Liontrust’s European managers have reinvested large chunks of their portfolios to find companies whose earnings will surprise investors as economic uncertainty persists.
Gary West and James Inglis-Jones have turned over roughly 60% of their Continental Europe fund and approximately 40% of their European Absolute Return fund following their analysis of 2009 earnings.
In the Continental Europe fund, the managers reduced their financials weighting from 18.9% at the end of March to 2.6% at the end of July and boosted industrials from 23.4% at the end of March to 32.7% at the end of July.
Inglis-Jones says financials looked more fully valued than industrials following the recovery in beaten-up stocks last year.
“The industrials weighting has gone up a bit. In a lot of cases, it’s because a lot of them were very quick to cut costs and focus on cash generation,” he says.
The number of stocks in the portfolio has also increased from 24 to 37 as the managers saw more companies who might surprise with better-than-expected earnings results.
According to Inglis-Jones, investors have also reacted more favourably over earnings surprises this year due to concerns about stocks weathering the global recovery and a greater focus on high-quality stocks. (article continues below)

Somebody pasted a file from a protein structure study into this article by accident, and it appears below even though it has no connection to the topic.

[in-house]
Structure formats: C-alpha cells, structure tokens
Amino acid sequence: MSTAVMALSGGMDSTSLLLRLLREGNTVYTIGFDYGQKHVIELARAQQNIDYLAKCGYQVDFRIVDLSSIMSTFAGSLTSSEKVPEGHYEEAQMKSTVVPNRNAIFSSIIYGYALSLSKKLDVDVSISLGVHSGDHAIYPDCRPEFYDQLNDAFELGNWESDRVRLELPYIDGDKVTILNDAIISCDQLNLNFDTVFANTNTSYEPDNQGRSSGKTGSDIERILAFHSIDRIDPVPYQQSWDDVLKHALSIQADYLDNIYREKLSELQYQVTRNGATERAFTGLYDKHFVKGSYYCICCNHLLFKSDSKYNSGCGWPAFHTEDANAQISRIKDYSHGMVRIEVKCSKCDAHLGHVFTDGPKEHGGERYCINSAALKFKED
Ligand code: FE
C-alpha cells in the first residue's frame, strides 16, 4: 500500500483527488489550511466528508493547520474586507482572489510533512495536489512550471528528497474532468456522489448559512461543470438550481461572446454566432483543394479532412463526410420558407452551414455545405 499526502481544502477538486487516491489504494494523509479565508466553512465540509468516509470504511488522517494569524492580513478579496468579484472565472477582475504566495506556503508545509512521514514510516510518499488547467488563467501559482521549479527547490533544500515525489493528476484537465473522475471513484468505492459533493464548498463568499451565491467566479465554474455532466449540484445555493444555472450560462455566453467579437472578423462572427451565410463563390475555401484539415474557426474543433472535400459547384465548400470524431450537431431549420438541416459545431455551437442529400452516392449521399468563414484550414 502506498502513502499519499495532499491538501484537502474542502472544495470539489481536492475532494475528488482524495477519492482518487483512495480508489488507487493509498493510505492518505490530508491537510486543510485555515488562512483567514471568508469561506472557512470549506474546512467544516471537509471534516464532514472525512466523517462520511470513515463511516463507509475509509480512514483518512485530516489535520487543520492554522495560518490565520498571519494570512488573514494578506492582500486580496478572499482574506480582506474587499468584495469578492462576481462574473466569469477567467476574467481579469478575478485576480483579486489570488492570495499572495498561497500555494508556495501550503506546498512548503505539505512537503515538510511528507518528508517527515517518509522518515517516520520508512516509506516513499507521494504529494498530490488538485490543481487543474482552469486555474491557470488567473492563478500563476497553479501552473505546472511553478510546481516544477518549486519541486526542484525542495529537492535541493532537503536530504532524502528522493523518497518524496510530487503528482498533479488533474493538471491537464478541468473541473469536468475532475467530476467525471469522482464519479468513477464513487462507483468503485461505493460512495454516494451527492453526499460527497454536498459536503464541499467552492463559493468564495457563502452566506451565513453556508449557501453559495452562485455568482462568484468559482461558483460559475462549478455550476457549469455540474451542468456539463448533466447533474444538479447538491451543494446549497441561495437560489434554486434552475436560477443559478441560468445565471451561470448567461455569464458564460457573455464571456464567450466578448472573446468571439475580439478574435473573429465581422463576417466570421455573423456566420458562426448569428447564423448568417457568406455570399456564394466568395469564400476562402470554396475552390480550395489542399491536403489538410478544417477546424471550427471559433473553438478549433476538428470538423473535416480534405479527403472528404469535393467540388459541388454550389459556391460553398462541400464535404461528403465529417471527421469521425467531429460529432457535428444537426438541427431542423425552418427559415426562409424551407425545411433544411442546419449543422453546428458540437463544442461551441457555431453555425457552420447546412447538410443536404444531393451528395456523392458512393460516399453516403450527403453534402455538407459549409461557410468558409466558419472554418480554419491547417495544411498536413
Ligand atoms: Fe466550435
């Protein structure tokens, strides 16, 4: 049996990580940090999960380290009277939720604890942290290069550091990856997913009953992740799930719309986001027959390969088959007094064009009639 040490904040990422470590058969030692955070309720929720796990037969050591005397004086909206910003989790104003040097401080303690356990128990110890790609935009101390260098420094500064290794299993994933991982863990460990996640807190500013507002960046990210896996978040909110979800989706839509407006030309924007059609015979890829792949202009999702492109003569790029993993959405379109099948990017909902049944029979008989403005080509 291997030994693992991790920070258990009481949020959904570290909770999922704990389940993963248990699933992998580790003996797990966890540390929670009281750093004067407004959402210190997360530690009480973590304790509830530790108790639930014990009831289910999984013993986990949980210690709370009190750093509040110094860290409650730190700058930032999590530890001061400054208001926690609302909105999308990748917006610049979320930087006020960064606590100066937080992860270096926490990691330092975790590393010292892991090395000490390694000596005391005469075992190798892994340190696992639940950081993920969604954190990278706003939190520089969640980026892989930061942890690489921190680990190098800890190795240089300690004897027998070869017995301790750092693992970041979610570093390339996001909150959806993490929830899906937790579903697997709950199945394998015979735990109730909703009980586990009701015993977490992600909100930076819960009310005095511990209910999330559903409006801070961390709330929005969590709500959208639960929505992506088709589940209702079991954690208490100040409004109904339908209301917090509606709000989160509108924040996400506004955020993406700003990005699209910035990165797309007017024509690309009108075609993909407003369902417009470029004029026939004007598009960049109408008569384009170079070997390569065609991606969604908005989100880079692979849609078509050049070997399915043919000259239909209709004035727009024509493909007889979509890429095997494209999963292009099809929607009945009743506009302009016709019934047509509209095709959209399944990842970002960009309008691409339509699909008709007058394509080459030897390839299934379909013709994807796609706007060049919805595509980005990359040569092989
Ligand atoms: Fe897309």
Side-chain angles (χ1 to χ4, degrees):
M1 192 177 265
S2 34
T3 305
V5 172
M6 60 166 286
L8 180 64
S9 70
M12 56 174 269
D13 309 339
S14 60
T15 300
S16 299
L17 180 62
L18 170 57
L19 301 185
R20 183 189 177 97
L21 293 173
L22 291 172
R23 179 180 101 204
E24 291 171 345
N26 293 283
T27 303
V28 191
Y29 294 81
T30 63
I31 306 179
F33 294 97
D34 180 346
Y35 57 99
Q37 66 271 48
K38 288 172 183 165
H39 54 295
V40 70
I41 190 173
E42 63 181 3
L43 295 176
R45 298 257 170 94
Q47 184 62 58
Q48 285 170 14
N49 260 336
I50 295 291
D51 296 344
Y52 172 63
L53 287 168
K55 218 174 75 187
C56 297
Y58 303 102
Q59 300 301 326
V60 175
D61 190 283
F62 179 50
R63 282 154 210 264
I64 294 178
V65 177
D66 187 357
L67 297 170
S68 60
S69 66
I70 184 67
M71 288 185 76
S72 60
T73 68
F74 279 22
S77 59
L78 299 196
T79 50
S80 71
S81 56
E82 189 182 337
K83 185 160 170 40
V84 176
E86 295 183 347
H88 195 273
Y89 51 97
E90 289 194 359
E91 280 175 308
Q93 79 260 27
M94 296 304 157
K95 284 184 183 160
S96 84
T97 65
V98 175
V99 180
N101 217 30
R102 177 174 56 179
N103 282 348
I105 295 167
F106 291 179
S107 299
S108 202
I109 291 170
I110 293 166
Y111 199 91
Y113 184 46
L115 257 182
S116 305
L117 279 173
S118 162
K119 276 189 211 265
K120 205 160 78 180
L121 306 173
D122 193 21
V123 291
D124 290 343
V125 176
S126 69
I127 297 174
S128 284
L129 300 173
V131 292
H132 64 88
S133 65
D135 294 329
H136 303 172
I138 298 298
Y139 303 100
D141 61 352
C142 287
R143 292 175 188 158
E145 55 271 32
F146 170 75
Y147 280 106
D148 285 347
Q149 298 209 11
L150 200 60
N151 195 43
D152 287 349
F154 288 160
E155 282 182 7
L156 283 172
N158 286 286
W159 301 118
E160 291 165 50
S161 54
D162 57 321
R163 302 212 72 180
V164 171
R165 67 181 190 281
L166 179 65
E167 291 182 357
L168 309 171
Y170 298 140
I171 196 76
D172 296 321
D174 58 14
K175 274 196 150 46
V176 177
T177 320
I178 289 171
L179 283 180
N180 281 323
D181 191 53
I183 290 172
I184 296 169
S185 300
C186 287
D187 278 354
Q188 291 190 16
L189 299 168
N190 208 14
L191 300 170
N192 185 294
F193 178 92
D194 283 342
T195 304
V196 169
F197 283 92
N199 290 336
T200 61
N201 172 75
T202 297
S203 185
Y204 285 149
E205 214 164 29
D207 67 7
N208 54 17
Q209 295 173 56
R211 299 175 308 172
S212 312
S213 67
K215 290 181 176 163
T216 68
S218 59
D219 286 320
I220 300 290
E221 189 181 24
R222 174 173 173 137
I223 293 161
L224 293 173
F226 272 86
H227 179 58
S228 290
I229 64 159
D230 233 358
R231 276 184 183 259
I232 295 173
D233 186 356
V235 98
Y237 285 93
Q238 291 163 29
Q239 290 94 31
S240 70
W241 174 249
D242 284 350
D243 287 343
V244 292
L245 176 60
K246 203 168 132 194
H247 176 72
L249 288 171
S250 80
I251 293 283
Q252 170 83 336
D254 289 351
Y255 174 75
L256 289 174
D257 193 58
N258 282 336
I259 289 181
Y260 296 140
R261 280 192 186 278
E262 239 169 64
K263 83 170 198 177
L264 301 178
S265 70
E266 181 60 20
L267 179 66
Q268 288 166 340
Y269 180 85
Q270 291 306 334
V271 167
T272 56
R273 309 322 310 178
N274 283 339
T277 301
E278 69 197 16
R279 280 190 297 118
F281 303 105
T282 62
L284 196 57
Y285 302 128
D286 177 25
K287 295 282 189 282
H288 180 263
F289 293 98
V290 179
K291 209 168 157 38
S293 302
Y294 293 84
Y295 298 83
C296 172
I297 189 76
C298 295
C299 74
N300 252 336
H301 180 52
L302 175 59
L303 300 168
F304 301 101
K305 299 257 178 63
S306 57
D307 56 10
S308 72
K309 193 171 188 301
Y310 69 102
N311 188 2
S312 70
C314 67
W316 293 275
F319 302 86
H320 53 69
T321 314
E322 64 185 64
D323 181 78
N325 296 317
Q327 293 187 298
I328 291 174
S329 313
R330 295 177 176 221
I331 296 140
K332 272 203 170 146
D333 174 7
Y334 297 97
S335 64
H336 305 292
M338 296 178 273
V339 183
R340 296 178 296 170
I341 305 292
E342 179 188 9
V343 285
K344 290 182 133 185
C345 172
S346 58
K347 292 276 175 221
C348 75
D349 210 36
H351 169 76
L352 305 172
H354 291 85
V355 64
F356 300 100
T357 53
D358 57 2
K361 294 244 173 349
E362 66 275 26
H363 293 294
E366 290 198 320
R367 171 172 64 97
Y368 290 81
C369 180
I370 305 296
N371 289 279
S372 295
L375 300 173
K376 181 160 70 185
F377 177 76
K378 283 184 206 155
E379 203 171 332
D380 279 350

Many of the changes occurred over April and May after the managers started analysing year-end results for 2009 in February and March.
In the second quarter, the manager also reduced UK weightings in their pan-European absolute return product from 30.1% to 23.1%.
However, the weighting remains by far the largest single-country net long position in the portfolio.
The managers also closed a short in France from 10% to 2% of the gross exposure.
Based on a bottom-up analysis of cash flow and earnings forecasts, they had invested in Cargotec, Kongsberg, Metso and M-real by April in the Continental Europe fund.
In May, they added 20 more stocks and eliminated Alstom, Munich Re, Interroll, Kuoni and Top Danmark.
The European Absolute Return fund’s long-only positions resemble those in the Continental Europe fund, except the European Absolute Return fund can hold UK stocks and cannot hold any name with a market cap of less than €1 billion (£800m).